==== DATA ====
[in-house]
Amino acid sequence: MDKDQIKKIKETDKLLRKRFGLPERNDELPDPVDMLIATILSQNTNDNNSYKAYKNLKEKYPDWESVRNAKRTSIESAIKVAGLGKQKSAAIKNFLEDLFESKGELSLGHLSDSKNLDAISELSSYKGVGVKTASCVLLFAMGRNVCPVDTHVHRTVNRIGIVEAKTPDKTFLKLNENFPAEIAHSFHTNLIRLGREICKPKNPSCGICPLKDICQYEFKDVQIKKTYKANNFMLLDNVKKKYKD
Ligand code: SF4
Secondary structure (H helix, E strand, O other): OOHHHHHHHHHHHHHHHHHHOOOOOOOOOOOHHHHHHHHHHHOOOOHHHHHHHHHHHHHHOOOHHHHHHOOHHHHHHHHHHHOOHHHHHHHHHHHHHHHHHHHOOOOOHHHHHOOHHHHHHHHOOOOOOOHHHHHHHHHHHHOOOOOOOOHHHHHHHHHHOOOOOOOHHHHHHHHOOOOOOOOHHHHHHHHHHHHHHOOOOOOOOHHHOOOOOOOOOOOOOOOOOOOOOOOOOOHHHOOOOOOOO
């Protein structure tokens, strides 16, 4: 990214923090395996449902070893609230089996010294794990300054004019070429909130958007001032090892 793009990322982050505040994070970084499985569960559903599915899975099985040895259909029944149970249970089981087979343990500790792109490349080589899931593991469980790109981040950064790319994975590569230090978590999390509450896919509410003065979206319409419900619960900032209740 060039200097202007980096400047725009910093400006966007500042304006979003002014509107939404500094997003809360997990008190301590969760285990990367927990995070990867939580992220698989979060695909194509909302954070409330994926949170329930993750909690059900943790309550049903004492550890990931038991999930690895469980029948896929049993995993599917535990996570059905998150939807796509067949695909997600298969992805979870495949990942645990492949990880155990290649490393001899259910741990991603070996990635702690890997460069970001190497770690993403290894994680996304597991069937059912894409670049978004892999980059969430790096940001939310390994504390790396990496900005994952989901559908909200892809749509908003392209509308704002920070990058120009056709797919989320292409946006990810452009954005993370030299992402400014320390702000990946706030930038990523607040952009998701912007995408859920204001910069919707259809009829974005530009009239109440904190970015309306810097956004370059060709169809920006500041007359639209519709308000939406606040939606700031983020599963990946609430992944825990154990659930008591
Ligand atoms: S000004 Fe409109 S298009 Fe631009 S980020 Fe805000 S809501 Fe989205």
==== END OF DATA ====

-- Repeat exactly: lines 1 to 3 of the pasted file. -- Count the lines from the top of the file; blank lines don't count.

[in-house]
Amino acid sequence: MDKDQIKKIKETDKLLRKRFGLPERNDELPDPVDMLIATILSQNTNDNNSYKAYKNLKEKYPDWESVRNAKRTSIESAIKVAGLGKQKSAAIKNFLEDLFESKGELSLGHLSDSKNLDAISELSSYKGVGVKTASCVLLFAMGRNVCPVDTHVHRTVNRIGIVEAKTPDKTFLKLNENFPAEIAHSFHTNLIRLGREICKPKNPSCGICPLKDICQYEFKDVQIKKTYKANNFMLLDNVKKKYKD
Ligand code: SF4